Is there any way to dedicate whole logical CPU to a single process? So far the best solution I have found is to set every other process affinity to exclude the given logical CPU and to set the wanted process to only use it. Also changing priority to 'Realtime' for the process so 'System' and such won't interfere with it too much.
This method is troublesome as I have to manually change affinity of few dozen processes and some system processes cannot have their affinity changed. It is also possible that this is not enough, but I haven't been able to stress test it properly yet.
The specific process should get at least 90 % of the CPU time of the given logical CPU of every 2 millisecond instance. I am not sure if the CPU scheduler timings are small enough to allow that with system processes battling over the CPU time. Also some system processes might not honor the 'Realtime' priority setting of the specific process causing it to not get enough CPU time in some conditions.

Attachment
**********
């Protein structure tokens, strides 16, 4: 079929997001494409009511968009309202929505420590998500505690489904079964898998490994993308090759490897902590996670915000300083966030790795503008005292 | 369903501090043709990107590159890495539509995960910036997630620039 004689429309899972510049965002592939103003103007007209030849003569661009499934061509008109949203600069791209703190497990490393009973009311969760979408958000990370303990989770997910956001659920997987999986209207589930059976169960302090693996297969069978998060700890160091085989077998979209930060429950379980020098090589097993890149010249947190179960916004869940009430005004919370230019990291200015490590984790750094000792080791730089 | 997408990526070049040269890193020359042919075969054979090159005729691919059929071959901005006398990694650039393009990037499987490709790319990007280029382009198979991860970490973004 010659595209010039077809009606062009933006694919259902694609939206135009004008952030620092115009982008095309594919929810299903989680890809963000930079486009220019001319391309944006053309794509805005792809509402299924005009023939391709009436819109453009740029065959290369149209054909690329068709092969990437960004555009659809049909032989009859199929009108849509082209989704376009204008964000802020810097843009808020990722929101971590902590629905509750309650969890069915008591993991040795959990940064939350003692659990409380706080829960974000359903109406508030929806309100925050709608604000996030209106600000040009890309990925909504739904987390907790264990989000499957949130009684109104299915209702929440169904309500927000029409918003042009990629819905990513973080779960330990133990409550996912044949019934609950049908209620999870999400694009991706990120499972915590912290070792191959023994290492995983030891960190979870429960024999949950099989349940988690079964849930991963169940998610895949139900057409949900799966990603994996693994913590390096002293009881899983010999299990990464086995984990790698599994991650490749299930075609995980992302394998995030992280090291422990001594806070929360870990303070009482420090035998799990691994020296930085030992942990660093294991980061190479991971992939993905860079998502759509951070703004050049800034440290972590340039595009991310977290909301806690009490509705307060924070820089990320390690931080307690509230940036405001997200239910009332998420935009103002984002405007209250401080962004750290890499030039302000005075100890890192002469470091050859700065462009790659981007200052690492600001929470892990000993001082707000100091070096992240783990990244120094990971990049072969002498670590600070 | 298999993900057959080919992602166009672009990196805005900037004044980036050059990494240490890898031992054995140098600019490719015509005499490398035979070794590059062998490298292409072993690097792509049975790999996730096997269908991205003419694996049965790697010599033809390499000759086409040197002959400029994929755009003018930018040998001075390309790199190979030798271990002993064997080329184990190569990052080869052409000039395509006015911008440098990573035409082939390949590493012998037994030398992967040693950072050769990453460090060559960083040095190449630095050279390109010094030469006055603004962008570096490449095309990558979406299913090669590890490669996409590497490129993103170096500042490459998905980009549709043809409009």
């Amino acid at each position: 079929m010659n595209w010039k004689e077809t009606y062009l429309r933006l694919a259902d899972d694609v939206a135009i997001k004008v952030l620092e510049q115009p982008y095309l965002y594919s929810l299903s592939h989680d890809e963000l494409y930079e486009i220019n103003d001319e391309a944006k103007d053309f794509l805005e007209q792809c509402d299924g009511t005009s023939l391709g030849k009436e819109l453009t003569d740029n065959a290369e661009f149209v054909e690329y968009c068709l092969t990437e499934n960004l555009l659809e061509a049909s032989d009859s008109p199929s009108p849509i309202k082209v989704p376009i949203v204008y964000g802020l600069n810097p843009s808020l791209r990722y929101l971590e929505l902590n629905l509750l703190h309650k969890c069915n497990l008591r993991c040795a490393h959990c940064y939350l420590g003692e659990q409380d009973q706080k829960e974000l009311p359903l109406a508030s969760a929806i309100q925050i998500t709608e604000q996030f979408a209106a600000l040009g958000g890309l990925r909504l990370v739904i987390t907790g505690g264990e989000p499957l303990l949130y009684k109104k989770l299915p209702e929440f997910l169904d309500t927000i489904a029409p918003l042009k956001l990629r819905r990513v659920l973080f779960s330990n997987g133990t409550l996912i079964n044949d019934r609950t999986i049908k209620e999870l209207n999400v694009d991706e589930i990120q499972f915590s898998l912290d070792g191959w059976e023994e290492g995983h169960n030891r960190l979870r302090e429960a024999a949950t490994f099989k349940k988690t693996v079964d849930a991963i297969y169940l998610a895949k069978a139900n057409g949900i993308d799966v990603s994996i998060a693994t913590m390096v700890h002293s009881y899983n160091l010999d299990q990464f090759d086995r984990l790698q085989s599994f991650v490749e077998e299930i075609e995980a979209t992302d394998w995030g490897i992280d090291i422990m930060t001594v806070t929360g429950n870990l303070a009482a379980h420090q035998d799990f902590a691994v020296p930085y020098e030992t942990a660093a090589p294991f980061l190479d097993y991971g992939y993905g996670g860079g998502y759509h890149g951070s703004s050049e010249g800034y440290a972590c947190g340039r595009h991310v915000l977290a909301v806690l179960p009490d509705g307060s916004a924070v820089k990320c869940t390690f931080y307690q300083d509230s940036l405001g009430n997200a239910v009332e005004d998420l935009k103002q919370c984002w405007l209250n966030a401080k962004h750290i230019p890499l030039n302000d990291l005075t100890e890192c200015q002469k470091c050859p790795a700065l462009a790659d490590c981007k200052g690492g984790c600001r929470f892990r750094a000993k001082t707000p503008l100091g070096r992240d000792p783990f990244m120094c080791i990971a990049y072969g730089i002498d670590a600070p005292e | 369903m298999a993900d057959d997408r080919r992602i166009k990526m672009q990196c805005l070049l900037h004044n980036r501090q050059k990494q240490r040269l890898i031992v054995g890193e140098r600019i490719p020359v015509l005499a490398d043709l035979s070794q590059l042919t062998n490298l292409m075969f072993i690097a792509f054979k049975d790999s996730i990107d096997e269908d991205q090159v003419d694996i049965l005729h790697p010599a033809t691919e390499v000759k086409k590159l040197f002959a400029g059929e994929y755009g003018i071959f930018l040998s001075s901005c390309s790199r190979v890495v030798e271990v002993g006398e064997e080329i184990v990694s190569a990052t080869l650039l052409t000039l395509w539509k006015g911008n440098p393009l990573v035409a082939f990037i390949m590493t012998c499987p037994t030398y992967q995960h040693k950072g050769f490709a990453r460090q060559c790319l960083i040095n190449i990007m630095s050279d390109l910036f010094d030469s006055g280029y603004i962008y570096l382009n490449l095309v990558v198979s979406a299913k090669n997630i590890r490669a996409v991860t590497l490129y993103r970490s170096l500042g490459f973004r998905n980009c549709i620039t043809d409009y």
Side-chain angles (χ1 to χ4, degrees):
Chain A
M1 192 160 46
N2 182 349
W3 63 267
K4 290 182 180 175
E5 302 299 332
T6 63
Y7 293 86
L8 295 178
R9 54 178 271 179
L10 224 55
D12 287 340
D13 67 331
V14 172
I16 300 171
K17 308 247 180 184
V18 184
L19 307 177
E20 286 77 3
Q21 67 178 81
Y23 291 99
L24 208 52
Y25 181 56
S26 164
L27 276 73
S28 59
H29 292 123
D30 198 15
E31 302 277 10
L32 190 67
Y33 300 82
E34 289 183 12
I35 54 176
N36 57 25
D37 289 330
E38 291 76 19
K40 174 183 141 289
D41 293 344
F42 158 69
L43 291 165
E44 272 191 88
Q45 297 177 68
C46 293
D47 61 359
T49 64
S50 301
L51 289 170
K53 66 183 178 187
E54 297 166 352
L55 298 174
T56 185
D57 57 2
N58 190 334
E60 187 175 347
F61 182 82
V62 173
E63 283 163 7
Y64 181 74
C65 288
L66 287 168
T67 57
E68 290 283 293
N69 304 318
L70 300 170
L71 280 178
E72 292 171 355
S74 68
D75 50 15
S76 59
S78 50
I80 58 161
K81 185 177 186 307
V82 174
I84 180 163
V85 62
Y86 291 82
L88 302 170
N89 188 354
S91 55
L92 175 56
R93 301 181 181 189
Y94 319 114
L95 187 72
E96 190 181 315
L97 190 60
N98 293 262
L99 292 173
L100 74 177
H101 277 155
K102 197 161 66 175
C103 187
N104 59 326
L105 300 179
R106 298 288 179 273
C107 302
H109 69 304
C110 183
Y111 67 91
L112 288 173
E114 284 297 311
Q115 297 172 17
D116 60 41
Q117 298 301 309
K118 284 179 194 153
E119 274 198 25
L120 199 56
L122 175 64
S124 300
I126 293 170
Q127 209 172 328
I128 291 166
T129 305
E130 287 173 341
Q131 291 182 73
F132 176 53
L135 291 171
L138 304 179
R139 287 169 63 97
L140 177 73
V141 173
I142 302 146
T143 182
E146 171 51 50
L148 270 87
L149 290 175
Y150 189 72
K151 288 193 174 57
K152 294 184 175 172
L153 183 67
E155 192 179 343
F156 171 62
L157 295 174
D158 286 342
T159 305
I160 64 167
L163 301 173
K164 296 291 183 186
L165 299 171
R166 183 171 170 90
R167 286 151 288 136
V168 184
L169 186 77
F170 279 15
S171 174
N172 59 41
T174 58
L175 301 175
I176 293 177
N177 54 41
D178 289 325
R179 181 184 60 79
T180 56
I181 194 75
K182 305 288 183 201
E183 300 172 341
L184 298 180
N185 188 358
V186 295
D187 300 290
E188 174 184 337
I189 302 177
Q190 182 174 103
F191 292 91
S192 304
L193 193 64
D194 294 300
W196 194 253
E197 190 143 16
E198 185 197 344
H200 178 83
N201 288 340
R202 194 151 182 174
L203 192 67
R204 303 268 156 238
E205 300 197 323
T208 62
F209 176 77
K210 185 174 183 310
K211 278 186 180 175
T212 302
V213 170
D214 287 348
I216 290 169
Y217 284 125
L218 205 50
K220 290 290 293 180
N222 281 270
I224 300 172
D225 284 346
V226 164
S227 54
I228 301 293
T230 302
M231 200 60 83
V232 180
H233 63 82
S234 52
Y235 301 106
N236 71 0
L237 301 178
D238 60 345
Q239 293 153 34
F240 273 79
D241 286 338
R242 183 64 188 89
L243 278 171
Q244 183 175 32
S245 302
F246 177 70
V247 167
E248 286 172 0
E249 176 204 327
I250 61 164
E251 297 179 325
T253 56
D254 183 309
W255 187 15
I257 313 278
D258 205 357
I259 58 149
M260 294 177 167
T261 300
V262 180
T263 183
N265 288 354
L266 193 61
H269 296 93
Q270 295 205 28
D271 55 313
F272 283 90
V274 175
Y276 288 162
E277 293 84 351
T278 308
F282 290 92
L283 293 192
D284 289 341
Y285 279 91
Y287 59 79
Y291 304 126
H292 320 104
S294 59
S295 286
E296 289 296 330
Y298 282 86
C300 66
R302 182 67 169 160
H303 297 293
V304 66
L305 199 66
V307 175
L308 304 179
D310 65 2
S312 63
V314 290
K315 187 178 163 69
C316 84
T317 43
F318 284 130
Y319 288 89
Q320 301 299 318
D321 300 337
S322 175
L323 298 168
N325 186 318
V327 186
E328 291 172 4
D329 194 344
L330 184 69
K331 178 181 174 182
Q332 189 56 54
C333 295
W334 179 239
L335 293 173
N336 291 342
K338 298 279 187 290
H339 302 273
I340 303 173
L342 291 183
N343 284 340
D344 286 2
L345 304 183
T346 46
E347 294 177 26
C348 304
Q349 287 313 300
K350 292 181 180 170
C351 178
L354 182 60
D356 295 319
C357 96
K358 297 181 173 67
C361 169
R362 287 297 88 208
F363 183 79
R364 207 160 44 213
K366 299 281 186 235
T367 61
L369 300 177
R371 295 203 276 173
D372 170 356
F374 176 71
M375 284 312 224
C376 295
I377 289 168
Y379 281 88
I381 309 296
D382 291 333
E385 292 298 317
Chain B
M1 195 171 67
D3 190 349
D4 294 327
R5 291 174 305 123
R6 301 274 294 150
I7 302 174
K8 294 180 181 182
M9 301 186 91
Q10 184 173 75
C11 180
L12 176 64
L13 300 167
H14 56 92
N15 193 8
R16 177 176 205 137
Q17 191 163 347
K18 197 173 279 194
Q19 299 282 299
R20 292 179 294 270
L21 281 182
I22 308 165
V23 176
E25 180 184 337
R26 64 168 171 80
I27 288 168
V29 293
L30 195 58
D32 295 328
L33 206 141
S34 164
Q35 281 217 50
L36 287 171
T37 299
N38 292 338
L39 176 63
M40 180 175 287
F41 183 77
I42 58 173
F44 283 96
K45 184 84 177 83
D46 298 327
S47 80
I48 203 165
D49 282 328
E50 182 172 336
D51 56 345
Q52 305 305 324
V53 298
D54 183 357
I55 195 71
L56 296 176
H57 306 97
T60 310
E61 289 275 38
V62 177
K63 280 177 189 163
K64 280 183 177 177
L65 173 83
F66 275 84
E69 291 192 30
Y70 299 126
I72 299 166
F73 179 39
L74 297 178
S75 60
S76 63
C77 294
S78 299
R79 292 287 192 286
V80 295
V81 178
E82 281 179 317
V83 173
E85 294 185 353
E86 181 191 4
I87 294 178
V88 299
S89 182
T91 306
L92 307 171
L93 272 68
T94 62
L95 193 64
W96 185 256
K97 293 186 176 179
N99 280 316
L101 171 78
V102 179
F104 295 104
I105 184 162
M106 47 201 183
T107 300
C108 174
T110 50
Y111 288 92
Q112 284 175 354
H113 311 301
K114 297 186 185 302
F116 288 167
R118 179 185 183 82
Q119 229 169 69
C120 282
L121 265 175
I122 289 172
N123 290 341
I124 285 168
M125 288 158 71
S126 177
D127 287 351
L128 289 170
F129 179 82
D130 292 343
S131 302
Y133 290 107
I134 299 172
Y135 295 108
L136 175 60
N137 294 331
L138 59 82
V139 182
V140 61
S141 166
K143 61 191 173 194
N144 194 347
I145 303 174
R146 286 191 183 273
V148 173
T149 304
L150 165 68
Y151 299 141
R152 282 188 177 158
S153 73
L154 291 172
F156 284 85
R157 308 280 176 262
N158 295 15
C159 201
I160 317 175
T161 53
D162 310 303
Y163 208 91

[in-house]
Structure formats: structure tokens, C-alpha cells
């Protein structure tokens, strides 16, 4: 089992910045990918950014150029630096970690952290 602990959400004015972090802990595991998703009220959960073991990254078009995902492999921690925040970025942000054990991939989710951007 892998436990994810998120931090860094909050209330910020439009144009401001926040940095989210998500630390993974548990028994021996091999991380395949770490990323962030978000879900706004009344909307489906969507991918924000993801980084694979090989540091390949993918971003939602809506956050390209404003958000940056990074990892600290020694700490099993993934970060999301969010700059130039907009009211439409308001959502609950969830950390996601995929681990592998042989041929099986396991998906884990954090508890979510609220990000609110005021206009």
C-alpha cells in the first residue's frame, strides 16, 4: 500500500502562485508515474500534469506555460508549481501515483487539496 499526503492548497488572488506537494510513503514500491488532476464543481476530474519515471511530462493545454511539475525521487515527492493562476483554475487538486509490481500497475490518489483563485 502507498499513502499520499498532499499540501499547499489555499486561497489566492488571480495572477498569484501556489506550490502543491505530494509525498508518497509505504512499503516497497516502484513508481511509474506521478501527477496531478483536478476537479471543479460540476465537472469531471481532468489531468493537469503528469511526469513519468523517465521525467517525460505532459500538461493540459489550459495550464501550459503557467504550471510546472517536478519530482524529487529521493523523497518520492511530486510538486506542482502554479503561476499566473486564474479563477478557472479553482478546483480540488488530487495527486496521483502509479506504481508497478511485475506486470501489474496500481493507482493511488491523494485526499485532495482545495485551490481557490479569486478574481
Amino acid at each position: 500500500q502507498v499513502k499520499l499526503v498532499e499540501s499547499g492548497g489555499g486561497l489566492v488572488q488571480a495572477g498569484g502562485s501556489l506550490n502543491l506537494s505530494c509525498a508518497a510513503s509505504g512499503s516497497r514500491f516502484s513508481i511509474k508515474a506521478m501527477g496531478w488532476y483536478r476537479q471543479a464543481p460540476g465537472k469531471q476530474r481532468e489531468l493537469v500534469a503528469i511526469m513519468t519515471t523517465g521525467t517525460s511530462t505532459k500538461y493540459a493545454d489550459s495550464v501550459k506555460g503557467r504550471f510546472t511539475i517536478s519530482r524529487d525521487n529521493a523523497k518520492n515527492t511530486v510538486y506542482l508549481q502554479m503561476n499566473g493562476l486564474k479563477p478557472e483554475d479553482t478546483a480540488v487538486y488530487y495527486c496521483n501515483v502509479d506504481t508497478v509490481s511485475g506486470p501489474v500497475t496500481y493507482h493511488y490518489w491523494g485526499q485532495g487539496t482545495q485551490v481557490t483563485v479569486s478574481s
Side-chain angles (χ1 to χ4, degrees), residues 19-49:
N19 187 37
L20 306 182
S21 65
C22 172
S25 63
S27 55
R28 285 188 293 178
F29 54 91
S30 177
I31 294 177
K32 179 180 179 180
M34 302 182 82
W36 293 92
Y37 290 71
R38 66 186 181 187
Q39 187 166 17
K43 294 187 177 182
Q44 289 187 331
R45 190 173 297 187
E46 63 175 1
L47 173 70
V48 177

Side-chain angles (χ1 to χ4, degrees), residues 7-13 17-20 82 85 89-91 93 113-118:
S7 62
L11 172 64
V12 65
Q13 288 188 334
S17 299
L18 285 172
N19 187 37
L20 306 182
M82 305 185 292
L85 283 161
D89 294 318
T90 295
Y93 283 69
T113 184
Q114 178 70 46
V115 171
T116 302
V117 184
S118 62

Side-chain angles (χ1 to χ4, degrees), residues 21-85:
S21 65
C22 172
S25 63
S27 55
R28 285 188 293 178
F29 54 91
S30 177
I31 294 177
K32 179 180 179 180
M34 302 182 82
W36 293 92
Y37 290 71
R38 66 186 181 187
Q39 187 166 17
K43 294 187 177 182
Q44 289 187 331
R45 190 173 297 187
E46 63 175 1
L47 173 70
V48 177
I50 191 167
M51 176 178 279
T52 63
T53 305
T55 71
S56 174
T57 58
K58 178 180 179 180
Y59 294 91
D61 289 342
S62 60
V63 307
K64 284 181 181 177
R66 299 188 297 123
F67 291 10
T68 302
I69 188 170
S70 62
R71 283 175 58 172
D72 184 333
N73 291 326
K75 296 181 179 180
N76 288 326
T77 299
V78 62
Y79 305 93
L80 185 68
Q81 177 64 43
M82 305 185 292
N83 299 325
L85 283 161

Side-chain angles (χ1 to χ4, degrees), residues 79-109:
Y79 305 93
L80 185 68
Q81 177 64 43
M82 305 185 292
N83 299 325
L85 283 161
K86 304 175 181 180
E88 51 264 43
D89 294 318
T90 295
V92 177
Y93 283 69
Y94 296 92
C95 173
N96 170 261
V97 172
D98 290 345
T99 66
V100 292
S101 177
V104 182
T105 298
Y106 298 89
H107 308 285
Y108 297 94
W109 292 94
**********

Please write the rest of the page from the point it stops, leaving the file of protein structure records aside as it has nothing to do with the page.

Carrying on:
Ideally there would be a way to automatically set Windows itself as well as every running process not to use the specific logical CPU at all and to completely dedicate it to the wanted process. Yes, even if the wanted process does not use the CPU at all, the specific logical CPU shouldn't have any other use whatsoever.
The system has quad core Intel CPU with 8 GB of RAM and is running Windows Server 2008 R2 Standard Edition. Hyper-V is not an option because both the wanted process as well as some other processes need to be run at the host OS.
Phantasm0 has posted a good question, to which I would also like to know the answer.
If yes, could this also be done on a Windows XP operating system?
And would it be possible to disable a core inside the OS but still access it with a custom built application through certain switches or procedures, so the actual core would only be accessed by that application/process.
My questions apply to either logical CPU and/or physical CPU.
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